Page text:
It’s 1942, and Maisie McCall is in the Scottish Highlands doing her bit for the war effort as a Women’s Timber Corps lumberjill. Maisie relishes her newfound independence and her growing friendships—especially with the enigmatic John Lindsay.
As Maisie and John work side-by-side felling trees, Maisie can’t help but feel like their friendship has the spark of something more to it. And yet every time she gets close to him, John pulls away. It’s not until Maisie rescues John from a terrible logging accident that he begins to open up to her about the truth of his past, and the pain he’s been hiding.
Suddenly everything is more complicated than Maisie expected. And as she helps John untangle his shattered history, she must decide if she’s willing to risk her heart to help heal his. But in a world devastated by war, love might be the only thing left that can begin to heal what’s broken.
Okay, I think it’s worth noting something particularly relevant before beginning this review. ⬇️⬇️⬇️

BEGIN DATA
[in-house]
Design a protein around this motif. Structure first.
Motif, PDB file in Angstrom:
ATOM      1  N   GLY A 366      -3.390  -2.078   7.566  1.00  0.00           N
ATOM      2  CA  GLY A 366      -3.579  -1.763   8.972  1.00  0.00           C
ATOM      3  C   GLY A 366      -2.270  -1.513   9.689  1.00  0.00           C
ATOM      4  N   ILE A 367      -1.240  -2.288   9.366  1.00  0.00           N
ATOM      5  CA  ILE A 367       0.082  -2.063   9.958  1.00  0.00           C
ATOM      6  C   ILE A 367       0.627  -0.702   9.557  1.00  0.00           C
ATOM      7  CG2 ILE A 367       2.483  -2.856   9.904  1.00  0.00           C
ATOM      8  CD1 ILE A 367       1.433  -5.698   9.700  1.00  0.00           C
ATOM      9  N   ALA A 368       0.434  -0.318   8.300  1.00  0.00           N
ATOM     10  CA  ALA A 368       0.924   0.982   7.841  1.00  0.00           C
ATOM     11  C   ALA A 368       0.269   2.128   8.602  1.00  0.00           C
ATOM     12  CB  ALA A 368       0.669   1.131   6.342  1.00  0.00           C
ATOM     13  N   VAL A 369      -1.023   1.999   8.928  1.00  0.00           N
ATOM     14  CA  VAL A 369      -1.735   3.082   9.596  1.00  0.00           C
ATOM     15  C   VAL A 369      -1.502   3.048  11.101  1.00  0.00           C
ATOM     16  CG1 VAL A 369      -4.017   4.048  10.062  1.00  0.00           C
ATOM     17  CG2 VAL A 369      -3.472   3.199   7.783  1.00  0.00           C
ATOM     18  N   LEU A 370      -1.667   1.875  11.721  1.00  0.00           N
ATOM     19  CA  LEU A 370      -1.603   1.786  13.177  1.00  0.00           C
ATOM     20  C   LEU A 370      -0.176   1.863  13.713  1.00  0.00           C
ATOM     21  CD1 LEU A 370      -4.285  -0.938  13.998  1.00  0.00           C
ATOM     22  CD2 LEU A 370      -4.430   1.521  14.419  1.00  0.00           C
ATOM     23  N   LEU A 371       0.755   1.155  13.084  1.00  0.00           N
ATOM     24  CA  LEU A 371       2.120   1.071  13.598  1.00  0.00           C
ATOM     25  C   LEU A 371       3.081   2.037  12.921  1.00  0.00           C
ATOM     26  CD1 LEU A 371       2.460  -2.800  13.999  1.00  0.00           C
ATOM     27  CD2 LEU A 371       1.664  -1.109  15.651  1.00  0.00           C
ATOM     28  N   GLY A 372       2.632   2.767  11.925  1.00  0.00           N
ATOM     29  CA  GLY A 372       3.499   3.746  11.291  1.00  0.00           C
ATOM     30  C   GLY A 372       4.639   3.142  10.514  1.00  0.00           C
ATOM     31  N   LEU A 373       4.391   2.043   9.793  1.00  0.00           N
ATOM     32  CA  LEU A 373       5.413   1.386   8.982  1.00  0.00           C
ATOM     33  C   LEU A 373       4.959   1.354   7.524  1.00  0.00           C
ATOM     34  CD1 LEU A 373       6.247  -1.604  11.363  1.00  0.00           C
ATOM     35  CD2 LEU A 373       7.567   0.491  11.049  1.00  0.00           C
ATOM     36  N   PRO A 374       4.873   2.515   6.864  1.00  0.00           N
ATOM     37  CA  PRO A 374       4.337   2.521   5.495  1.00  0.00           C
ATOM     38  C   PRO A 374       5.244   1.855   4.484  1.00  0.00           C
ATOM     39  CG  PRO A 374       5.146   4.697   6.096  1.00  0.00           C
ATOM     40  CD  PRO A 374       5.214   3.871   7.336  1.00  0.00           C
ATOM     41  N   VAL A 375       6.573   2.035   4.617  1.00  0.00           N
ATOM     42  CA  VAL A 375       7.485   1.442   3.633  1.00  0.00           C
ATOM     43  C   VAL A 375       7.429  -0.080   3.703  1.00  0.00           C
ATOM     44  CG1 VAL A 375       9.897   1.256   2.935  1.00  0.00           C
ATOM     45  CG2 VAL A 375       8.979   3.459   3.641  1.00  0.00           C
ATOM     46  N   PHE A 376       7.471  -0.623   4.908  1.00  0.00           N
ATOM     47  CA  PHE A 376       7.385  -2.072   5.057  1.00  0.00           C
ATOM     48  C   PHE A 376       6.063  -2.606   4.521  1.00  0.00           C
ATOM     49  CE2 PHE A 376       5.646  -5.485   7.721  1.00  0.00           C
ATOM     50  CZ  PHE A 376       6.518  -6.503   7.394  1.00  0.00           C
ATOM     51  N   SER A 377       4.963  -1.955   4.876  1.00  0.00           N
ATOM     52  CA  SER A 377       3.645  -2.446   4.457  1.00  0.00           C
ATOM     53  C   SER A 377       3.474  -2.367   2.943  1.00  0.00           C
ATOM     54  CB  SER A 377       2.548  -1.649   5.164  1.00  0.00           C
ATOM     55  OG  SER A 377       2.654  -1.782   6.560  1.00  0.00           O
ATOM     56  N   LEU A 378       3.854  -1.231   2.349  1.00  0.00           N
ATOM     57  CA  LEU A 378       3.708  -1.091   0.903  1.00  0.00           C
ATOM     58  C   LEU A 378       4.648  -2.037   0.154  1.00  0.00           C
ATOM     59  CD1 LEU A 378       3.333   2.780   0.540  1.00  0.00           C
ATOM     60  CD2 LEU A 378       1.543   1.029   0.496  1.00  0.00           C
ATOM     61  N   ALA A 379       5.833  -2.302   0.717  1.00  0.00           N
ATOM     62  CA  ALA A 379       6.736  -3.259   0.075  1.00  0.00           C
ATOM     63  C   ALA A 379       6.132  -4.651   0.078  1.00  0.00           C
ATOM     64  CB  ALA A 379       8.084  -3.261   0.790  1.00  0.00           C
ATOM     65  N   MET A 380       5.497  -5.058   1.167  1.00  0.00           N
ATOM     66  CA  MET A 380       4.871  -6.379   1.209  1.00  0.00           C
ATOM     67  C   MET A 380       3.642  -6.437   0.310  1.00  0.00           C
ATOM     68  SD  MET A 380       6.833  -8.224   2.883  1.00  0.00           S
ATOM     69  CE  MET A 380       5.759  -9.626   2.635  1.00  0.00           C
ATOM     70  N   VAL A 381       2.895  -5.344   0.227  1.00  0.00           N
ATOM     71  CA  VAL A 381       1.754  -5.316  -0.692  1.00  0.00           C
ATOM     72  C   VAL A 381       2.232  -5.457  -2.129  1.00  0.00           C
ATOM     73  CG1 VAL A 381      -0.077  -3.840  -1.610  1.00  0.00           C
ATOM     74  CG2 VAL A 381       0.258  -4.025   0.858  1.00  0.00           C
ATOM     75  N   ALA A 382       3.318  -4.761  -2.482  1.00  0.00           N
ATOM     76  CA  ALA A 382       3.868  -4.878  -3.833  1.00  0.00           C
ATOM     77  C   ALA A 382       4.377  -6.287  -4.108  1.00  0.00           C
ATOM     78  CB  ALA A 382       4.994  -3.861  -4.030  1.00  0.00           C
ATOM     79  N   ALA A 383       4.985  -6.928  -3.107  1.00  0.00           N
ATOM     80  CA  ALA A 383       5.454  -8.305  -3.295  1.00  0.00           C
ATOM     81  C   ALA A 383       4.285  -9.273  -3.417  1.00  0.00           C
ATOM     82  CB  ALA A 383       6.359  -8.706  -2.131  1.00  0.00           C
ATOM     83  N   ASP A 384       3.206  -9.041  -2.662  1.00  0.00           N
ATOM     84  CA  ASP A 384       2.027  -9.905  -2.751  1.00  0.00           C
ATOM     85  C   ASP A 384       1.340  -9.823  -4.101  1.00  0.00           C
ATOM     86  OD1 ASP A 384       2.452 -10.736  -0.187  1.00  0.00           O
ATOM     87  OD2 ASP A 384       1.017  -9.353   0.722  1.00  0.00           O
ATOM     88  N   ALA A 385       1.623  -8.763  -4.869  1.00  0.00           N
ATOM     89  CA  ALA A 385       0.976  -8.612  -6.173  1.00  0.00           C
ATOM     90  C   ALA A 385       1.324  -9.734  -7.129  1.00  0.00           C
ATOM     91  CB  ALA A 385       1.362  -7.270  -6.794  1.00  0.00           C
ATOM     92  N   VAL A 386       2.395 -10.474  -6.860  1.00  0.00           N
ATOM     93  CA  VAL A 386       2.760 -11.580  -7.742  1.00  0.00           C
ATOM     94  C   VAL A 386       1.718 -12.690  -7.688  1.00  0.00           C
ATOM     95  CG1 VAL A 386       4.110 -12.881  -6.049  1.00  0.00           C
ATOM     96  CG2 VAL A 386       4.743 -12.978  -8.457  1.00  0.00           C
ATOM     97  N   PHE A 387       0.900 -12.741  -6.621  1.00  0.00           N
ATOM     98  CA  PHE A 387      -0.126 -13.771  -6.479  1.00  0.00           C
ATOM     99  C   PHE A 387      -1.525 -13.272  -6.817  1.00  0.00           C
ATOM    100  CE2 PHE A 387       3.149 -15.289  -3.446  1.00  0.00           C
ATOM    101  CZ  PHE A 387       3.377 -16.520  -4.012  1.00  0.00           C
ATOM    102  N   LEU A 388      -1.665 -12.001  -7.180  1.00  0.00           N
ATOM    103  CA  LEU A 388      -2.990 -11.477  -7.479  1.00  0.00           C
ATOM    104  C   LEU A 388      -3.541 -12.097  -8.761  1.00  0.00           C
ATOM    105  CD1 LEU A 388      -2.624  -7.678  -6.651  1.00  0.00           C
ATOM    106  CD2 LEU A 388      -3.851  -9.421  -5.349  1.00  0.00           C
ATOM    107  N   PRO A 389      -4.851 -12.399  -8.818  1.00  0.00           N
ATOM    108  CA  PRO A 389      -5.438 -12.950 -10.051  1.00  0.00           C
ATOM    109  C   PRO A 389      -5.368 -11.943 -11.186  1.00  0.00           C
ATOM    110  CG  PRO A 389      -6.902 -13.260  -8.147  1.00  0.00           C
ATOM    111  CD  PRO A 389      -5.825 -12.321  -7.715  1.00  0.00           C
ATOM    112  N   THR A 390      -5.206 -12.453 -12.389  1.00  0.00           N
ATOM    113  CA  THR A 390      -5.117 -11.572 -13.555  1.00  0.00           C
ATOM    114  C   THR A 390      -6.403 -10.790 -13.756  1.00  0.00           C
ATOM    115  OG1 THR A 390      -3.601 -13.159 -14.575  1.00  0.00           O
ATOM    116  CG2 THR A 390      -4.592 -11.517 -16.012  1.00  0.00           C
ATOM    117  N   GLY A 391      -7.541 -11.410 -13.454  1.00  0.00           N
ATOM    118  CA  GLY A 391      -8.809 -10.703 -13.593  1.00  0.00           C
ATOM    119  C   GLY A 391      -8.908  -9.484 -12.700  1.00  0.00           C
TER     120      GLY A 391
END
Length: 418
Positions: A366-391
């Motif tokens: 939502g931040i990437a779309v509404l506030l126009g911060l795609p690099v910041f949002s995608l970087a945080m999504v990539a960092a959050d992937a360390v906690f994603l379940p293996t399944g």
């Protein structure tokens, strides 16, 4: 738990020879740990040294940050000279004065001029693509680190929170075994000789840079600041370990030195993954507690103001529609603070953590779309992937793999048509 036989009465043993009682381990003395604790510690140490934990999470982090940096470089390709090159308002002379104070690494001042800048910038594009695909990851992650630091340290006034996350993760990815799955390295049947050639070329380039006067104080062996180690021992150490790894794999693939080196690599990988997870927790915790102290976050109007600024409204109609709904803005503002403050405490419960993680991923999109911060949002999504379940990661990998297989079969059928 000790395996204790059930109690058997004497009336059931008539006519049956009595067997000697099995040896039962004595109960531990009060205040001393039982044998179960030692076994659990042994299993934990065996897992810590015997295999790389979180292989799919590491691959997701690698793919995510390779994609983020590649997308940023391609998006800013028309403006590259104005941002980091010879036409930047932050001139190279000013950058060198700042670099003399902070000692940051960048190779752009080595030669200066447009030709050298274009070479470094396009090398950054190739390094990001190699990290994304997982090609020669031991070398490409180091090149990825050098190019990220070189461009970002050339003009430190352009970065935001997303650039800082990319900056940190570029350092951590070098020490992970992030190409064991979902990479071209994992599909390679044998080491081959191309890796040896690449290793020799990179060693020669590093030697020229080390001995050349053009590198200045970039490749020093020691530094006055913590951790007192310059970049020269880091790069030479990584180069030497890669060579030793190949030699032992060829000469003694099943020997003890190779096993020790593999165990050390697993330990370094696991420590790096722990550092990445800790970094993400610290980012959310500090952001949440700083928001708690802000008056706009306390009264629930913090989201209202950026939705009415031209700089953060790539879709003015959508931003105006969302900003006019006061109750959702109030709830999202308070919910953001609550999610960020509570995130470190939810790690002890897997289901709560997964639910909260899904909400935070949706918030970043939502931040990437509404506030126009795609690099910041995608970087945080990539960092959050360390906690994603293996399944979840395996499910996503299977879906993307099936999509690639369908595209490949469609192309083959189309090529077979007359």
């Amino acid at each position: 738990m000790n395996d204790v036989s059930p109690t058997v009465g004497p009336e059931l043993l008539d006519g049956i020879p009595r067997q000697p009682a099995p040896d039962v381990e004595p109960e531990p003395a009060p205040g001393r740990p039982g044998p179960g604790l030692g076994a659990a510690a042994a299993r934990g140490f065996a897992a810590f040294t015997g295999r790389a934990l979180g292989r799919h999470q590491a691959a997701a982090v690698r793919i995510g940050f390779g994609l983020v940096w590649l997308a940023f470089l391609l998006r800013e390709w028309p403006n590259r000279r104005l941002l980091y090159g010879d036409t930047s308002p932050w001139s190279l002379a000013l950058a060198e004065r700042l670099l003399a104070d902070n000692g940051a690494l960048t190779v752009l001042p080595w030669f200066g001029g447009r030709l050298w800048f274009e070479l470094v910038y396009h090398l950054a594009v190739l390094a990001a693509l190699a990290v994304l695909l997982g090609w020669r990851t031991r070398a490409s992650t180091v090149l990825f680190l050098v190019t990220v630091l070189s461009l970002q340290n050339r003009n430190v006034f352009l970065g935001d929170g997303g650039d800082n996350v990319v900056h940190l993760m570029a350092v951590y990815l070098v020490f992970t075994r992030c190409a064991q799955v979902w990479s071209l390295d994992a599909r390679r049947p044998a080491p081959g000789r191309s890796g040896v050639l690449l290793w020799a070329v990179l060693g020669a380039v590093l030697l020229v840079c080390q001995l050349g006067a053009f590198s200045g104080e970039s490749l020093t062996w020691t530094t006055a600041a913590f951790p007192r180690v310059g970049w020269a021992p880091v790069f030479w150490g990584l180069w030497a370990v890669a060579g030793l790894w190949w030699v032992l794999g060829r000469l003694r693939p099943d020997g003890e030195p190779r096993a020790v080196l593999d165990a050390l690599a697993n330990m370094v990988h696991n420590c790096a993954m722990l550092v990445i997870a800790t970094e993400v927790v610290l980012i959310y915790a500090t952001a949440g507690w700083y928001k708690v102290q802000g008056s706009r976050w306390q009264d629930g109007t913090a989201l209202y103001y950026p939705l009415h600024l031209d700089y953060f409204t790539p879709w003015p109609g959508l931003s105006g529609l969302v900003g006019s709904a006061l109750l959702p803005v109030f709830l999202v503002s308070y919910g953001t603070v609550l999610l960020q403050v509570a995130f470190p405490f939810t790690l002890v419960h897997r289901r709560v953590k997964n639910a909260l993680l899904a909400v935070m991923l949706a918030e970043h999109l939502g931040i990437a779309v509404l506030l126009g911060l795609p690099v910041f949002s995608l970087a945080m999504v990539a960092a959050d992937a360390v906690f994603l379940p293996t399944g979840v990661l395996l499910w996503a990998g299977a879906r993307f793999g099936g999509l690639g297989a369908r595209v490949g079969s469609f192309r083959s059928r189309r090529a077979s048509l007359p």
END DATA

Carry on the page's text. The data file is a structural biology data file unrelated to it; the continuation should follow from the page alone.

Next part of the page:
In lies my main issue with In Another Time (the maturity of the characters), which is neither the author nor the book’s fault. The simple fact is- the emotions were suited for a younger reader, not someone who’s twenty-eight years old, and that’s okay, you know?
First off, the focus topic was awesome. I didn’t know a single thing about the Women’s Timber Corps and, if nothing else, I’m grateful for In Another Time for introducing me to that particular piece of history. I’d love to do some more reading on it.
Second off, the secondary characters were fantastic. Sometimes books accidentally miss the mark when it comes to who the readers really want to read about – and, for me, it was the less prominent characters.
Here’s the truth of it all: I just didn’t like the main characters. I didn’t form a bond with either of them because I found them both self-centered and mildly abusive. (Sorry, not sorry.) There was a portrayal of very heavy, traumatic emotions and (in my opinion) none were handled well. Whether it be mental illness or physical trauma, I don’t feel like any of the above should be utilized as a tool for an author to create (very literal) drama. Usually, within a romantic storyline, it’s possible to at least like one of the characters. However, in the end, the romance was what ruined this book for me.
Overall, super sad this didn’t turn out the way I was hoping. Still a semi-solid read but not one I’m going to keep on my shelves. Headed to the “library-donation” box! ❤️